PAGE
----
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Ian Berger, MD

House Staff
University of Georgia
Medical School: 
University of Pennsylvania Perelman School of Medicine

Clinical and Research Interests

Surgical quality, healthcare delivery, and health policy.

What were you looking for in a residency program?

Most importantly, a cohesive group of residents who are fun to be around, both in and out of work. Also, faculty who are invested in their trainees and push them to be the best surgeons possible. Finally, a location with plenty to do and extremely livable.

What are the strengths of the Duke program?

The residents are extremely close and willing to help each other with anything. The program is a well-rounded surgical experience, especially with both open and minimally invasive techniques. The faculty are some of our biggest advocates, both in our training and life outside the hospital.


What advice do you have for incoming interns?

Never be afraid to ask questions.

What do you like best about living in Durham and the Triangle?

There is so much to do that is both easy to get to and affordable. Both the mountains and beaches are close enough for day trips. Many residents own houses, which gives you more space and allows you to build equity.

What do you like to do outside of Duke?

Running, playing soccer, hiking, and exploring the Durham restaurant scene.


Berger, Ian, Leilei Xia, Christopher Wirtalla, Thomas J. Guzzo, and Rachel R. Kelz. “Early Discharge After Radical Nephrectomy: An Analysis of Complications and Readmissions.” Clinical Genitourinary Cancer 17, no. 2 (April 2019): e293–305.

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Xia, Leilei, Ruchika Talwar, Benjamin L. Taylor, Michael H. Shin, Ian B. Berger, Colin D. Sperling, Raju R. Chelluri, Ibardo A. Zambrano, Jay D. Raman, and Thomas J. Guzzo. “National trends and disparities of minimally invasive surgery for localized renal cancer, 2010 to 2015.” Urologic Oncology 37, no. 3 (March 2019): 182.e17-182.e27.

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Berger, Ian, Leilei Xia, Christopher Wirtalla, Phillip Dowzicky, Thomas J. Guzzo, and Rachel R. Kelz. “30-day readmission after radical cystectomy: Identifying targets for improvement using the phases of surgical care.” Canadian Urological Association Journal = Journal De L’Association Des Urologues Du Canada, November 20, 2018, E190–201.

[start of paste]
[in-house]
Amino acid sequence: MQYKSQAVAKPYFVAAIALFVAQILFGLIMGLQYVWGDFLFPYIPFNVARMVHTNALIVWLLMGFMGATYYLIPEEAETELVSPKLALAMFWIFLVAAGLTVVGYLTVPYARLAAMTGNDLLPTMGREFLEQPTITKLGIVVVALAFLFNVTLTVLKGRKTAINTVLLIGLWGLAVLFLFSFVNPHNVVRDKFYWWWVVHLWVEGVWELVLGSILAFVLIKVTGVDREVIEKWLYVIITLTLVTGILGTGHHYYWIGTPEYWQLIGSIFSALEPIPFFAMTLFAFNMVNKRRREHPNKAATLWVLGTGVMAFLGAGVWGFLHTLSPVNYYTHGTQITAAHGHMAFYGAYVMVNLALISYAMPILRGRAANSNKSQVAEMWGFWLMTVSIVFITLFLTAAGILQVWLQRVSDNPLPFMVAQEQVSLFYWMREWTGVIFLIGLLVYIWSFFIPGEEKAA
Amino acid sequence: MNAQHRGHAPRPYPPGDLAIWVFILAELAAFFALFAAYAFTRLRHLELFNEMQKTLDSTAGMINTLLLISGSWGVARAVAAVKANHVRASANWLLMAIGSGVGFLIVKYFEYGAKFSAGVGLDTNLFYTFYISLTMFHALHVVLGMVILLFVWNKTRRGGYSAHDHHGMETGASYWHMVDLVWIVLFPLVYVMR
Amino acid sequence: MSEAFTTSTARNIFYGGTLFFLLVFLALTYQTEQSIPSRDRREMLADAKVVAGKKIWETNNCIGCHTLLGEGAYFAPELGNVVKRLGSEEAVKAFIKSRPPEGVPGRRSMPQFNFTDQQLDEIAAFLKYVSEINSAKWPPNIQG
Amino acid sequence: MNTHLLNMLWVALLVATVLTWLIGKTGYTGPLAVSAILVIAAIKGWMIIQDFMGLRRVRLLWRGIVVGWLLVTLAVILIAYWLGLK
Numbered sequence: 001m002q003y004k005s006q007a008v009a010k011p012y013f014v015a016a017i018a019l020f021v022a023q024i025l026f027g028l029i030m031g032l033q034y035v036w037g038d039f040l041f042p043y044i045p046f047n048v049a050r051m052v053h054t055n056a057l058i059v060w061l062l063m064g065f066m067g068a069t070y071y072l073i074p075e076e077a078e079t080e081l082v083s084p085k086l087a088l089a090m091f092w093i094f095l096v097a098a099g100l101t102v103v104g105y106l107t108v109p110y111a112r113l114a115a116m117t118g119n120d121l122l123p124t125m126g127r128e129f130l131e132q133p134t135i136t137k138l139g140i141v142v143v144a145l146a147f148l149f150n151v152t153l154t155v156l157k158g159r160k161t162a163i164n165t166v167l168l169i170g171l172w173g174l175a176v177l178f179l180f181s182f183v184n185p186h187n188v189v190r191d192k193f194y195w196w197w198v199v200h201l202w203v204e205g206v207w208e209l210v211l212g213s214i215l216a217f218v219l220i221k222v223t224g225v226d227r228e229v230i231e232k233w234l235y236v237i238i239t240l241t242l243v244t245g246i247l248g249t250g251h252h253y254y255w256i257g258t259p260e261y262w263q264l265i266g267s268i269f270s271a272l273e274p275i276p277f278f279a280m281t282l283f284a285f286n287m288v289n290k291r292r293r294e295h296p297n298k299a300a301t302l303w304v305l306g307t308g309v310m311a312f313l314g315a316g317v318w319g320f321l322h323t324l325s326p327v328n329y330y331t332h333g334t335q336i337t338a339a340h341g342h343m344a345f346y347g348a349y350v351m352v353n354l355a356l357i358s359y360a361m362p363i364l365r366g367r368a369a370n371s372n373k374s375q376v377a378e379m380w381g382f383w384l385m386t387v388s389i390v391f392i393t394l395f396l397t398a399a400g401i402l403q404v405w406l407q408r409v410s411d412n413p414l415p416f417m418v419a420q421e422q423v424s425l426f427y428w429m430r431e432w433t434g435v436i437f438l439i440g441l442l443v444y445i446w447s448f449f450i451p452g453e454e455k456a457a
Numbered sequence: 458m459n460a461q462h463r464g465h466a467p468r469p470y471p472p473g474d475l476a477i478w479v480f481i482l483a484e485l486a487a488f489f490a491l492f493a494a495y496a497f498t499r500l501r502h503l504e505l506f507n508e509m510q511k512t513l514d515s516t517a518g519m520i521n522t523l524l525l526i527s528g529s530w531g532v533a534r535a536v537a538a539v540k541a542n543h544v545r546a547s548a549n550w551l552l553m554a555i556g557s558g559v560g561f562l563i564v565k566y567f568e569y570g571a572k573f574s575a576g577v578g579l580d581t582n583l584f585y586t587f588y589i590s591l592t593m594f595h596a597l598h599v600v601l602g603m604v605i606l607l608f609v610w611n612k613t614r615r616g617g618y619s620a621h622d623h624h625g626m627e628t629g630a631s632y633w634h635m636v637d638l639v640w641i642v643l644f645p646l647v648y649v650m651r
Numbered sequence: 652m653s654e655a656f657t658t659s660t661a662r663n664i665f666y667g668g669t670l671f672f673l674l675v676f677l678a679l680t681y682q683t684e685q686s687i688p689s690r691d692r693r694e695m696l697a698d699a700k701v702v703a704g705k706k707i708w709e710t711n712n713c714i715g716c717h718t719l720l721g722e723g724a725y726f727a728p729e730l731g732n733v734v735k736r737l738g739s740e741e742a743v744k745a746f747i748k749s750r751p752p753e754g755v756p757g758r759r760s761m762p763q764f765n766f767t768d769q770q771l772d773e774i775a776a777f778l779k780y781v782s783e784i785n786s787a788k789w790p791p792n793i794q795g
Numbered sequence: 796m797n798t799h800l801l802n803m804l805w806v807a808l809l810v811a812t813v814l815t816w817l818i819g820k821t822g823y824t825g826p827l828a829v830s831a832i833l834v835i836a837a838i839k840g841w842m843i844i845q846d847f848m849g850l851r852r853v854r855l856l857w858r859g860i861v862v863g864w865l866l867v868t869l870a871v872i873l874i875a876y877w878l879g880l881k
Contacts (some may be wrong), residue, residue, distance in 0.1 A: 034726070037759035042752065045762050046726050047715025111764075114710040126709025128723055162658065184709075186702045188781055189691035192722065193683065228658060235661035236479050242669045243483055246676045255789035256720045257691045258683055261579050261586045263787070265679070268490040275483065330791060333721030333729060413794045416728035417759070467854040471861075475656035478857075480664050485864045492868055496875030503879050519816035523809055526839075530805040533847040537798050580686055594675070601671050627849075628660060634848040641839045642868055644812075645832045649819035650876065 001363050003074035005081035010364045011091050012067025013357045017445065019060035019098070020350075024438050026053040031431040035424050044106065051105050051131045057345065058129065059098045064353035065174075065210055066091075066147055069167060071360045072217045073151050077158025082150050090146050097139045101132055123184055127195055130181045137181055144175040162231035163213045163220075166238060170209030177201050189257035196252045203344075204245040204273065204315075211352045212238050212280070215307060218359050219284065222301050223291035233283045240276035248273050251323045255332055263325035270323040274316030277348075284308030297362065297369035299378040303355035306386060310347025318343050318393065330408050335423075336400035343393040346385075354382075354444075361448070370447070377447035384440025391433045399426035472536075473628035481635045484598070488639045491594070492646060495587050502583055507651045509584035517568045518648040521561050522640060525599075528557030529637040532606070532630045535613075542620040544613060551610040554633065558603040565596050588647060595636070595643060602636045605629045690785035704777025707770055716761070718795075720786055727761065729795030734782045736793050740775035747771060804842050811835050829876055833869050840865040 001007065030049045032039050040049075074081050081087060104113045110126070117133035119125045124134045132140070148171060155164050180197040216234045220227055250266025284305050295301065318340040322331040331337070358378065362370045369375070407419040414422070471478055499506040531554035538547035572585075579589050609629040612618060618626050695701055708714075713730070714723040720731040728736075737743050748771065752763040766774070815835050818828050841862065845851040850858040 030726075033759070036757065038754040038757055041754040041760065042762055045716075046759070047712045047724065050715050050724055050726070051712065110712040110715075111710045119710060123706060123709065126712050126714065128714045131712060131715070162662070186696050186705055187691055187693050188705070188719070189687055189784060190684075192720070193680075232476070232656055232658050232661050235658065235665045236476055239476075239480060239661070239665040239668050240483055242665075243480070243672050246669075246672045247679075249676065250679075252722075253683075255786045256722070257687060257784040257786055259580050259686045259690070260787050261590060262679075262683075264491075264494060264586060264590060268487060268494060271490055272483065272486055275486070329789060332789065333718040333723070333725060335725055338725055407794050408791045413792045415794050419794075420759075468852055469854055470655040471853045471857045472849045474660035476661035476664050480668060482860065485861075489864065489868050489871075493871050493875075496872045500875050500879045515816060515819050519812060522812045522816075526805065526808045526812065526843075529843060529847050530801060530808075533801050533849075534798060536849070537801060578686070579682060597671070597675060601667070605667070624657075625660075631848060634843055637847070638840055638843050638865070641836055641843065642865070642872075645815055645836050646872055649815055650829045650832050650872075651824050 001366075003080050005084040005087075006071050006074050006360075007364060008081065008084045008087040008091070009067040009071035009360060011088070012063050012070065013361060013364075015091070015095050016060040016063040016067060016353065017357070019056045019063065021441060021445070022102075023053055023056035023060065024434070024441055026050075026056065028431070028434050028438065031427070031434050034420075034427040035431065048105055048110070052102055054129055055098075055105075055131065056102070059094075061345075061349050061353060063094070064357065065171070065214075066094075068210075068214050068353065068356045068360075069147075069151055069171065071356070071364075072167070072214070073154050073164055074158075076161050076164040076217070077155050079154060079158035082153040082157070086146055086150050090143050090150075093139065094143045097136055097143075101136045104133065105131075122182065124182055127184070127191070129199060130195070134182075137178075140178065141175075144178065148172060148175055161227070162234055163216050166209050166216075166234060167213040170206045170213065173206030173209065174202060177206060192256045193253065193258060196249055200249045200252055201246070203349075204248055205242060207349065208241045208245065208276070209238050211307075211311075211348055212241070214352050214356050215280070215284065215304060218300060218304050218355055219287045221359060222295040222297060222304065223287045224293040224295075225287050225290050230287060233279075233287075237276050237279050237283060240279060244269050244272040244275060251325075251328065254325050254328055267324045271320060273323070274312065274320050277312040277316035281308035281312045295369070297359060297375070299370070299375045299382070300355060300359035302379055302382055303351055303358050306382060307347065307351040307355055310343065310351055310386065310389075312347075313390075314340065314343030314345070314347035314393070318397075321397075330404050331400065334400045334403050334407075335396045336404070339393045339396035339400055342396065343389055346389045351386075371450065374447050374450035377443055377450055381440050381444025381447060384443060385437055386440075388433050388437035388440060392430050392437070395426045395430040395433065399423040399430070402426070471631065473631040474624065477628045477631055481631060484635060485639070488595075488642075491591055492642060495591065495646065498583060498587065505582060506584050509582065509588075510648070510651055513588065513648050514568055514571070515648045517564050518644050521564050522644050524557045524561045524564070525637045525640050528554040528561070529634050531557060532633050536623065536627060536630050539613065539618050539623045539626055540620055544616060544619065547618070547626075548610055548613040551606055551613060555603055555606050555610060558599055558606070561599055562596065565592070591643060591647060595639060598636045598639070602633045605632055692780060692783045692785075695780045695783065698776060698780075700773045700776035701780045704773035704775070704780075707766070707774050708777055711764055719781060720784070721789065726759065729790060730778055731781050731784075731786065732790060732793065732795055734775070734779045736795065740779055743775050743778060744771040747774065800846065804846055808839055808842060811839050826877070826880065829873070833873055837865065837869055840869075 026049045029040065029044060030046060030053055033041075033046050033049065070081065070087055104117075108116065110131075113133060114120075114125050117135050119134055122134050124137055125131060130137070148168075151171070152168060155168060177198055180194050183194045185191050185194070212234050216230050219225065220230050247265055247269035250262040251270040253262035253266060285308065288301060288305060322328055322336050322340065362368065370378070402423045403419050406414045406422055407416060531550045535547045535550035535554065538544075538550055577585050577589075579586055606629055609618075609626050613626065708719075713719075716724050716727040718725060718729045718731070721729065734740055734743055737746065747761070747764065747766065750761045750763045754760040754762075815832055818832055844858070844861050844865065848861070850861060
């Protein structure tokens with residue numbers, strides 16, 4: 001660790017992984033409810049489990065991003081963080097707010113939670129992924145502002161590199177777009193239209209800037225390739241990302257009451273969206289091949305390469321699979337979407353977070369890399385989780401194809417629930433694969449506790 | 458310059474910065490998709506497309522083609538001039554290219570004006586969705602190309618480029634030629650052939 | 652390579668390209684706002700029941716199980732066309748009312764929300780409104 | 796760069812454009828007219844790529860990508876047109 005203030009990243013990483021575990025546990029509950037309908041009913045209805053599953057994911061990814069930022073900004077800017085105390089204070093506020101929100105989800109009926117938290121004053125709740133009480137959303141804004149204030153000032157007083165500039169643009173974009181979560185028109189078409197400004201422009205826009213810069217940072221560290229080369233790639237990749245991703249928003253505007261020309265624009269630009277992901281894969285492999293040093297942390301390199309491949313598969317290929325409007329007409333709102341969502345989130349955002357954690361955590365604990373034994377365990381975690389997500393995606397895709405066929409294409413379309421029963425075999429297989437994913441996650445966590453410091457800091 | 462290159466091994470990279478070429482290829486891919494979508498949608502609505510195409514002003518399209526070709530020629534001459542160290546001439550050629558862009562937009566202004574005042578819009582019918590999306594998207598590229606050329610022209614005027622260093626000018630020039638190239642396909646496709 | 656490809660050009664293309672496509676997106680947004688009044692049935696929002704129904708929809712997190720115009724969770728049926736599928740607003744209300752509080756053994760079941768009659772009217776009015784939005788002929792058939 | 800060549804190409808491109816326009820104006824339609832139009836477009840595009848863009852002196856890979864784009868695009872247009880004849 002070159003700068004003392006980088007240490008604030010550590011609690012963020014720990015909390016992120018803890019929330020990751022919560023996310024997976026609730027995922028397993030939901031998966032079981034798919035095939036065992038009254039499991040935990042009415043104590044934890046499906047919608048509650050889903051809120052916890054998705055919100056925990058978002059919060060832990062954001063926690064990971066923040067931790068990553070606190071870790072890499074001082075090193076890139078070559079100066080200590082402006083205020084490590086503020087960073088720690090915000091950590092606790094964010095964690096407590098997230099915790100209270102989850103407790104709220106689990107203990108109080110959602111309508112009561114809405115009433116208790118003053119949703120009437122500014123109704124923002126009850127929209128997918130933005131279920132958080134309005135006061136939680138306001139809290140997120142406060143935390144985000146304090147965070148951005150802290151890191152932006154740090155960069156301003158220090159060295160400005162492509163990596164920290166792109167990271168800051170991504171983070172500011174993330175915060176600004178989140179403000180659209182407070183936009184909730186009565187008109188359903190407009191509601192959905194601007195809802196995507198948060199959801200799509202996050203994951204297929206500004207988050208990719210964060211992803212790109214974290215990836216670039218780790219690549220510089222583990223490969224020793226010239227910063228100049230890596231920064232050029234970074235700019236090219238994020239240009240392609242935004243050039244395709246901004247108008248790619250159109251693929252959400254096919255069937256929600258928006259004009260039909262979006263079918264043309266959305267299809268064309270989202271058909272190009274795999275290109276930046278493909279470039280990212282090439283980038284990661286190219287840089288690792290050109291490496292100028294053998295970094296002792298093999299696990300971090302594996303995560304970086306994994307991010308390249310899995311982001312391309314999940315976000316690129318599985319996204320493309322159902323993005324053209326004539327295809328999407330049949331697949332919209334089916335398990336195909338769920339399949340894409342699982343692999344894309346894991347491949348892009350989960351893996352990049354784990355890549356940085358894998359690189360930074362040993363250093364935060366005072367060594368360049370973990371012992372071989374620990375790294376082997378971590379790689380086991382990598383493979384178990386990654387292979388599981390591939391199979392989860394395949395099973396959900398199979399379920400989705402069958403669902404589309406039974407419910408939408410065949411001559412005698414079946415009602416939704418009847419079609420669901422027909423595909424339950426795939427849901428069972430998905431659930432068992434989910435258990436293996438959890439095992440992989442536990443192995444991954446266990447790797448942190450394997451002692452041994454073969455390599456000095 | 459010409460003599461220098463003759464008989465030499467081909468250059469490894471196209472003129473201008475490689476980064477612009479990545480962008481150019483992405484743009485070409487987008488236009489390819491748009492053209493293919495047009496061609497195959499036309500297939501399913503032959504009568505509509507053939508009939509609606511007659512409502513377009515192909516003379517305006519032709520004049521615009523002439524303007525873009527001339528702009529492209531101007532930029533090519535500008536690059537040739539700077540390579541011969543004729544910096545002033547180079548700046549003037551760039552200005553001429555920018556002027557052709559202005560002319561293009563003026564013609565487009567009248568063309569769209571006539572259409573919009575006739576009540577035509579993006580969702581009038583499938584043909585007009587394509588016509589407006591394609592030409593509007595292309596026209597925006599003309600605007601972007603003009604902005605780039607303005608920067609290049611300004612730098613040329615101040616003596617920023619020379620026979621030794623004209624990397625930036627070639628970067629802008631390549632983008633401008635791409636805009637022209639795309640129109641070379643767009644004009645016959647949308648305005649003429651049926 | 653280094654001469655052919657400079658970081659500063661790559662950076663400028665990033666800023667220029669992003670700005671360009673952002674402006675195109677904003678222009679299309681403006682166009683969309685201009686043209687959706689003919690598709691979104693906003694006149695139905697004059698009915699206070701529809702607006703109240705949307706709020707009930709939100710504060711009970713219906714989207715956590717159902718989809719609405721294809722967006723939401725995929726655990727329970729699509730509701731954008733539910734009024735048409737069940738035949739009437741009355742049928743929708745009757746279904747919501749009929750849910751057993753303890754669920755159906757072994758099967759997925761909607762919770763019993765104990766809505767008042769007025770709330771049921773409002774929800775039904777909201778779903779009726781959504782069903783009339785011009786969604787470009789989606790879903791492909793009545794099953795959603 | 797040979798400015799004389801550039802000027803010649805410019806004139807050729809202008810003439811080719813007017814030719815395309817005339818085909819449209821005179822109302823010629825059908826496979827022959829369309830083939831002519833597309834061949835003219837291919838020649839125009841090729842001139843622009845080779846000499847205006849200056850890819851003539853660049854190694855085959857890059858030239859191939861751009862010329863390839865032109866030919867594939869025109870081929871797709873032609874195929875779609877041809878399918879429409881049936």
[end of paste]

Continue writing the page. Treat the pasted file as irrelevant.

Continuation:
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Sperling, Colin D., Leilei Xia, Ian B. Berger, Michael H. Shin, Marshall C. Strother, and Thomas J. Guzzo. “Obesity and 30-Day Outcomes Following Minimally Invasive Nephrectomy.” Urology 121 (November 2018): 104–11.

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Sellers, Morgan M., Ian Berger, Jennifer S. Myers, Judy A. Shea, Jon B. Morris, and Rachel R. Kelz. “Using Patient Safety Reporting Systems to Understand the Clinical Learning Environment: A Content Analysis.” Journal of Surgical Education 75, no. 6 (November 2018): e168–77.

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Patel, Akash M., Ian Berger, E Paul Wileyto, Urooj Khalid, Drew A. Torigian, Arun C. Nachiappan, Eduardo M. Barbosa, et al. “The value of delayed phase enhanced imaging in malignant pleural mesothelioma.” Journal of Thoracic Disease 9, no. 8 (August 2017): 2344–49.

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Chen, Xiao, Yizeng Yang, Ian Berger, Urooj Khalid, Akash Patel, Jenny Cai, Michael D. Farwell, et al. “Early detection of pemetrexed-induced inhibition of thymidylate synthase in non-small cell lung cancer with FLT-PET imaging.” Oncotarget 8, no. 15 (April 2017): 24213–23.

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Berger, Ian, Nikhil Nayak, James Schuster, John Lee, Sherman Stein, and Neil R. Malhotra. “Microvascular Decompression Versus Stereotactic Radiosurgery for Trigeminal Neuralgia: A Decision Analysis.” Cureus, January 26, 2017.

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Burke, John F., Jayesh P. Thawani, Ian Berger, Nikhil R. Nayak, James H. Stephen, Tunde Farkas, Hovik John Aschyan, et al. “Microsurgical treatment of sacral perineural (Tarlov) cysts: case series and review of the literature.” Journal of Neurosurgery. Spine 24, no. 5 (May 2016): 700–707.

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